The Reynolds Gallery, located on the second floor of the Memorial Student Center on Texas A&M University's campus, will soon host a new art exhibit that emphasizes unity and acceptance of Muslim students and aims to increase understanding of Islam, Islamic organizations and Islamic art.
"We're hoping that it will have some educational benefit, introducing many A&M students to a culture that's really different from [their own.]" said Pratyu Medikonda, a psychology major in her junior year at the university and the gallery director of the MSC Visual Arts Committee.
The Salam exhibition -- Arabic for "peace" -- will be on display from Jan. 17 to March 3, and will combine art from A&M's Muslim Students' Association with work from Sana Mirza, Samia Nazir, Hina Chaudhry and Nizar MacMojia from the Islamic Arts Society of Houston.
Mary Casillas, student chair of the visual arts committee and a senior biochemistry major, said there would be 15 pieces on display from the Islamic Art Society, 50 printed pictures from student artists and 10 student artwork pieces from the Muslim Students' Association on display during the two and a half weeks of the exhibit, as well as a wall where students will write the 99 names for Allah in various styles of calligraphy.
The question the gallery seeks to answer, Casillas said, is, "What does it mean to be a Muslim student at Texas A&M University? Whether it's good, bad or ugly."
Sibba Al-Kahtani, a junior chemical engineering major and vice president of the Muslim Students' Association, wrote in an email that she helped coordinate the calligraphy project, in which students write the 99 names of Allah in different styles. Al-Kahtani wrote that the project is "important because you can see how many other Muslims write since Arabic is the foundational language of our religious text and almost all Muslims have been exposed to it...Seeing how they write in Arabic is extremely personal since it's not specific to Arabs only."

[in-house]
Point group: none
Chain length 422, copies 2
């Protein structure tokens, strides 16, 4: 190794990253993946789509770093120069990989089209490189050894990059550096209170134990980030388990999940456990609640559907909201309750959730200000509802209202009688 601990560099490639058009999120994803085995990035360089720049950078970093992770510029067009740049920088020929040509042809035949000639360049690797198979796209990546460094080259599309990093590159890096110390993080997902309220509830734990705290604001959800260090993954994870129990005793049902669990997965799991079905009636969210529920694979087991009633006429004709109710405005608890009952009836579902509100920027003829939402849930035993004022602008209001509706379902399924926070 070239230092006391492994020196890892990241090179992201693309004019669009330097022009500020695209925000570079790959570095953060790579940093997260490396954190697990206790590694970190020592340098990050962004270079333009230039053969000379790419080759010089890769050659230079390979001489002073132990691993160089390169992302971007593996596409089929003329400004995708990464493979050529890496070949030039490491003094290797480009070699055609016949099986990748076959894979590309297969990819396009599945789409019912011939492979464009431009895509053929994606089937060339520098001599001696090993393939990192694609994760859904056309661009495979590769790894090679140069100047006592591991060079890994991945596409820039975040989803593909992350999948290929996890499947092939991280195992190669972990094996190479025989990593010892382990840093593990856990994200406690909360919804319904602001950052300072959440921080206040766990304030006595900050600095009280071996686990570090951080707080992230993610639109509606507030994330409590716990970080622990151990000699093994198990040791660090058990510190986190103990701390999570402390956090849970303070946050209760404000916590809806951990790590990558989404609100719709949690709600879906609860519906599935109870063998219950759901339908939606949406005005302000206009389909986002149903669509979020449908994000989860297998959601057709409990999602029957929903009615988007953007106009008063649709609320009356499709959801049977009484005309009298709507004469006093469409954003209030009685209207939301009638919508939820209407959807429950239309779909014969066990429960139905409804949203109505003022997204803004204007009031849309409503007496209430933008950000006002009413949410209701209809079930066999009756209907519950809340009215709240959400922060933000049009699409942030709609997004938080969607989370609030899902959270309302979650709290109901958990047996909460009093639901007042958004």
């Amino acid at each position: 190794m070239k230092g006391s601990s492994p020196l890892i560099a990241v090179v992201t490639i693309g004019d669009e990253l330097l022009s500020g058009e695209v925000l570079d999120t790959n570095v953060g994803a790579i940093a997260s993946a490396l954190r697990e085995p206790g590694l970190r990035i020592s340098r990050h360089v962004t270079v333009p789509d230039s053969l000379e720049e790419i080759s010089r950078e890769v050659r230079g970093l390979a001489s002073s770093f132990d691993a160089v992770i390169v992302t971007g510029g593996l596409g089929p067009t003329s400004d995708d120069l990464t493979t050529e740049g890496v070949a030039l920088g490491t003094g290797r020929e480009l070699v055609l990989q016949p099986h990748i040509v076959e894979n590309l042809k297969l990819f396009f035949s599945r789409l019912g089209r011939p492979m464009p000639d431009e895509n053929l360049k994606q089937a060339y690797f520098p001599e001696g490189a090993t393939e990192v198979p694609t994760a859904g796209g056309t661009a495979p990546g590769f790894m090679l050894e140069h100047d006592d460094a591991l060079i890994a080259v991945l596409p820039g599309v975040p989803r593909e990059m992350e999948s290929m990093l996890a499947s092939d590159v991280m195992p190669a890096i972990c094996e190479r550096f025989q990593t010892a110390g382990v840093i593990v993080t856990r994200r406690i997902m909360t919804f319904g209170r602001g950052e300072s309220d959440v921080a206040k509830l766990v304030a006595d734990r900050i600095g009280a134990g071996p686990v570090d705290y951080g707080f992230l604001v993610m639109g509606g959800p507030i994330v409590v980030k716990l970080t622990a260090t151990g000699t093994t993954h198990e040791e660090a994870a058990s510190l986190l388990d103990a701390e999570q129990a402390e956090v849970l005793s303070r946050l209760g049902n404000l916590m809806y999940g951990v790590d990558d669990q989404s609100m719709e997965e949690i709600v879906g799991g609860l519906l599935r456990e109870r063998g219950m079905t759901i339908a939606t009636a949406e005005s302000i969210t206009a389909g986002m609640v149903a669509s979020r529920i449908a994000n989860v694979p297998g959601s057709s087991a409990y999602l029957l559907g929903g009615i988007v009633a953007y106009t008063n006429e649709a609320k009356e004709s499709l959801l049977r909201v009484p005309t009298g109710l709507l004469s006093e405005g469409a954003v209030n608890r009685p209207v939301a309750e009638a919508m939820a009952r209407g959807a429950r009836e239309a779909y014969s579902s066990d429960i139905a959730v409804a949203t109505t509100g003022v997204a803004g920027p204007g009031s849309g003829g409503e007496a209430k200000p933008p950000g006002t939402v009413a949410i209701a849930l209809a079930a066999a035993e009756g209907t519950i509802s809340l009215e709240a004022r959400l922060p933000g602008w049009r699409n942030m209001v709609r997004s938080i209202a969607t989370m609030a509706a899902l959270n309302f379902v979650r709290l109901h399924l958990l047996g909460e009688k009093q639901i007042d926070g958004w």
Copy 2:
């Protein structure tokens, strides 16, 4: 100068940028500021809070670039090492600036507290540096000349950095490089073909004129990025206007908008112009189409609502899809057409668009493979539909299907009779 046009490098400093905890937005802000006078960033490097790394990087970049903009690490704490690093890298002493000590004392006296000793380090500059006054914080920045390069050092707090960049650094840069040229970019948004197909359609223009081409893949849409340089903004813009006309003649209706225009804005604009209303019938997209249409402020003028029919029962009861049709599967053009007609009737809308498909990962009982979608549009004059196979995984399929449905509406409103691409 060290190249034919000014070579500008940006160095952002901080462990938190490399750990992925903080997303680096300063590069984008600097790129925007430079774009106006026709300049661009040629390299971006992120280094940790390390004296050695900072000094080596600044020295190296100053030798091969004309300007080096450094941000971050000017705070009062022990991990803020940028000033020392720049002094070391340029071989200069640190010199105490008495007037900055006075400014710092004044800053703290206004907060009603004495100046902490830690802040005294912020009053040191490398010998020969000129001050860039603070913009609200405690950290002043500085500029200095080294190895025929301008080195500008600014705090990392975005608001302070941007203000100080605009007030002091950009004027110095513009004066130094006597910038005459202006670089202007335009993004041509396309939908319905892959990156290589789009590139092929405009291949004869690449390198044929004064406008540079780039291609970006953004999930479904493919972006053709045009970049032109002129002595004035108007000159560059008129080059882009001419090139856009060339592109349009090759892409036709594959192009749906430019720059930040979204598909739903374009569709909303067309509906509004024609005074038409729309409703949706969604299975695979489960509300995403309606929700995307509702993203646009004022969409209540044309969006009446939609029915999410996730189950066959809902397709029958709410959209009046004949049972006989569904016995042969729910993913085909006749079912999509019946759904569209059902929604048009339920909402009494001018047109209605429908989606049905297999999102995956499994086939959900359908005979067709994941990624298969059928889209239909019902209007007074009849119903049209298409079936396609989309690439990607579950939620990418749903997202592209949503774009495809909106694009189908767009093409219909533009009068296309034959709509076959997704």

Hina Chaudhry, a professional artist and member of the Islamic Arts Society of Houston, submitted three pieces for display at the exhibit. Creating these pieces -- made of mixed media and shattered glass, some of which came from her own house after it had been broken into two years ago -- "put me on the path toward healing," she said, when she had been going through a divorce.
The pieces -- titled "Shattered Pieces," "Nur," and "Hayya alal Falah" -- speak to the importance of God in her life and as the only presence that could heal her during a time of great need.
Casillas said the exhibit will show the "many faces of Islamic art" and how it has changed across time, helping non-Muslim students see how their Muslim peers celebrate their own culture and what Salam means to them. The exhibit, she said, will "create a space for students to wander in and learn something about Islamic art and calligraphy."
"These are our peers, these are people we're passing on our way to class all the time," Casillas said.
"They're creating beautiful work," she added, noting that the exhibit gives Muslim students "a moment to share their culture."
In an email, Al-Kahtani wrote that the exhibit is valuable because, "it allows exposure for Muslim students on campus, and they are a minority and not many people know of their presence." Through this artwork, Al-Kahtani wrote, students and passers-by in the Reynolds Gallery will see and learn about the "presence of Muslims on campus and how Muslims reflect themselves through their art."
Chaudhry said one of the goals of the Islamic Arts Society of Houston is to "build bridges through art... educate the community on our culture, and, just, the beauty of Islam."
There will be a free reception for the exhibit from 7 to 9 p.m. Feb. 1.